Al Michaels will be a main attraction at your Super Bowl party on Sunday. He’s calling the game. (Kickoff time is Sunday at 4:30 p.m. MT on NBC/Ch. 5.)
But if he weren’t in the broadcast booth, the one place Michaels wouldn’t be is at a Super Bowl party. Not that he isn’t interested in the game. But he definitely isn’t interested in watching it with a group, be they friends, acquaintances or total strangers.
“No,” he said. “In fact, I like to watch the games by myself because, otherwise — if you go to a party — there’s always some guy who knows more than you do, right? And I’m going, ‘Puh-leeze.‘ ”
Wrap your head around that for a minute. Some guy at a party trying to explain football to Al Michaels, who’s called NFL games since 1973, was the lead announcer on ABC’s “Monday Night Football” for 20 years, just completed his 12th season as the lead announcer on NBC’s “Sunday Night Football” and is about to call his 10th Super Bowl.
Sort of boggles the mind, doesn’t it?
But that’s the way people are. I once had this lawyer with no background in or knowledge of television who kept trying to incorrectly explain ratings to me … and I’ve covered television for almost 28 years. So, yeah, that’s the world we live in.
It isn’t just the annoying know-it-all who can ruin the Super Bowl for Michaels. The annoying know-nothings who are full of questions can wreck it for him as well.
“I don’t want to have to analyze the game or explain things to people,” he said.
Who could blame him? It’s his job, and who wants to have to do their job while they’re at a party? Maybe it’s not exactly the equivalent of pumping a doctor for free medical advice, but it’s at least in the same neighborhood.
If he weren’t working the Super Bowl on Sunday, Michaels would be where he was during the AFC and NFC championship games — shut alone in a room, taking notes. He was “in a cocoon because I want to watch every single moment, feel it live, because we’re going to be doing the game a fortnight hence, featuring those two teams.”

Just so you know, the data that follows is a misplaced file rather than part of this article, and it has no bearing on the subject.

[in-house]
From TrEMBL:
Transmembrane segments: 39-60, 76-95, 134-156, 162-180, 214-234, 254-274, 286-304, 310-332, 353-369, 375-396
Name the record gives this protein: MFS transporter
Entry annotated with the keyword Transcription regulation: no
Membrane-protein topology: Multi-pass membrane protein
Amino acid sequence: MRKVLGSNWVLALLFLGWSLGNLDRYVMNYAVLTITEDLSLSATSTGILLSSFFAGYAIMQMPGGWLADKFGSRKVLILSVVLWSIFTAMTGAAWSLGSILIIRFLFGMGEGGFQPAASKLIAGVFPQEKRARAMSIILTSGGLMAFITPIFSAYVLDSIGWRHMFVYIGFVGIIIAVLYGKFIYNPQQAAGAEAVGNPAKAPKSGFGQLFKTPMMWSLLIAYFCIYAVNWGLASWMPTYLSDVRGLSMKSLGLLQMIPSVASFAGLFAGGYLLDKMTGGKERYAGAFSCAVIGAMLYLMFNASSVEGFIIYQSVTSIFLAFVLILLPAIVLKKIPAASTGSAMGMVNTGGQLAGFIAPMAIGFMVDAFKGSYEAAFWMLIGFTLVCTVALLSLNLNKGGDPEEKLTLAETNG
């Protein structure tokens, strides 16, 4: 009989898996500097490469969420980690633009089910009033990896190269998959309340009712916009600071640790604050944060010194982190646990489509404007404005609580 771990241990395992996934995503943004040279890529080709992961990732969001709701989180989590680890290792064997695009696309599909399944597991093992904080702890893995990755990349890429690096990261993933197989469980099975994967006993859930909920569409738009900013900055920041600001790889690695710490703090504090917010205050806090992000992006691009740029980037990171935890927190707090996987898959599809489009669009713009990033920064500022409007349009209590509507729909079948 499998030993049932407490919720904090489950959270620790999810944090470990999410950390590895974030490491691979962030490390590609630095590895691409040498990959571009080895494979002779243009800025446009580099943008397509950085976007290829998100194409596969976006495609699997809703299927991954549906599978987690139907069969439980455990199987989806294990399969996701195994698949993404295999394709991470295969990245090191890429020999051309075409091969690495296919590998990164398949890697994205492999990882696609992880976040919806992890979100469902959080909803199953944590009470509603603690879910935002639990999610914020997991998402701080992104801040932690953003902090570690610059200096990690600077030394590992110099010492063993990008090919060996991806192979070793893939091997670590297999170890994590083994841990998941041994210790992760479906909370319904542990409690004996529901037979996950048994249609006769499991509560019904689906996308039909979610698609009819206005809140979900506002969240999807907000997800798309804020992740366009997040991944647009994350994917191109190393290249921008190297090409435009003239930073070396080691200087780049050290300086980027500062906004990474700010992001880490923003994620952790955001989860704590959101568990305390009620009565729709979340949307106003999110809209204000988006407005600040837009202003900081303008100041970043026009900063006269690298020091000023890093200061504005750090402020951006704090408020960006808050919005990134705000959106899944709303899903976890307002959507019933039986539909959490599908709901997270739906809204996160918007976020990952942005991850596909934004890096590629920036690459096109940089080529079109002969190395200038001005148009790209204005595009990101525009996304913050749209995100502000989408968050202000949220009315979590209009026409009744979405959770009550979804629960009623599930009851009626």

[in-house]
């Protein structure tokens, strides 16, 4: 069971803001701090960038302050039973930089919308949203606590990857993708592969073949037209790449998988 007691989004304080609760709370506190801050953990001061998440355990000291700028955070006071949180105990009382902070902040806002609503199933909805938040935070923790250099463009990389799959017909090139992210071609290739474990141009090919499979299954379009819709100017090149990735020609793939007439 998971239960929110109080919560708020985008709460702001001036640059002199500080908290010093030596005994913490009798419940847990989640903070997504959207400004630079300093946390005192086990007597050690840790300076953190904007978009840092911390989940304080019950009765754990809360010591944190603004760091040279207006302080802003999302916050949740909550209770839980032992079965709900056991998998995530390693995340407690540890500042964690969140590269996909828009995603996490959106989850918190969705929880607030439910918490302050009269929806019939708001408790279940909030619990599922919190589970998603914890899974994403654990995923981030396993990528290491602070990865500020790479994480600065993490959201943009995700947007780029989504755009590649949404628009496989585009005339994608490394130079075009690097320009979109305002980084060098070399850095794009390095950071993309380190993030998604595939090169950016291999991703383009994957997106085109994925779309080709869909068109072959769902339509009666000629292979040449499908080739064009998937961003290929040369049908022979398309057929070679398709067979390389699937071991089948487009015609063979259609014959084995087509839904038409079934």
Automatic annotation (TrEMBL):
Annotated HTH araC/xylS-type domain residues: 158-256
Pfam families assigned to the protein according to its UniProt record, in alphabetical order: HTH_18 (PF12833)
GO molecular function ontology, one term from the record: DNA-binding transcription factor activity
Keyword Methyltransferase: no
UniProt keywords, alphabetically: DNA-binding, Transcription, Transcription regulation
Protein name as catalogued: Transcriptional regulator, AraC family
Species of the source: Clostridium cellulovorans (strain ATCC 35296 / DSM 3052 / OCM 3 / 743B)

(I kind of love that he said “a fortnight hence.”)
NBC’s Super Bowl coverage will include the traditional overhead shots of the stadium, but none of them will be live. None of them will even be from the day of the game.
“Well, we’re going to fly the drones downtown earlier in the week,” said NBC Sports executive producer Fred Gaudelli, “because there’s FAA restrictions on the airspace on Super Bowl Sunday. Really nothing can go up but a government or local law-enforcement aircraft.”
It’s not exactly a big deal. I’m still waiting for someone to explain to me how aerial shots of the top of a domed stadium add anything to viewers’ enjoyment of a game.
What’s a catch?
When it was suggested that NBC should do a Super Bowl pregame feature explaining what constitutes a reception in the NFL and what does not, Guadelli seemed to suggest that it wouldn’t be altogether possible.
Well, we’d all like the definition of what a catch is,” he said. “I think we all grew up thinking we knew what a catch was, and every single year that line gets more blurry.”
Al’s 10th time
On Sunday, Michaels will become the second sportscaster to call “at least” 10 Super Bowls for television. That’s what NBC Sports told a room full of TV critics, and it’s both true and at least a little bit deceptive.
Yes, this is Michael’s 10th Super Bowl. And only Pat Summerall has also called “at least” 10. Because 11 is “at least” 10.
Actually, Michaels still has a way to go to surpass Summerall. In addition to doing play-by-play 11 times, Summerall was in the booth as the game analyst four times.
Oh, and he was a sideline reporter during Super Bowl I.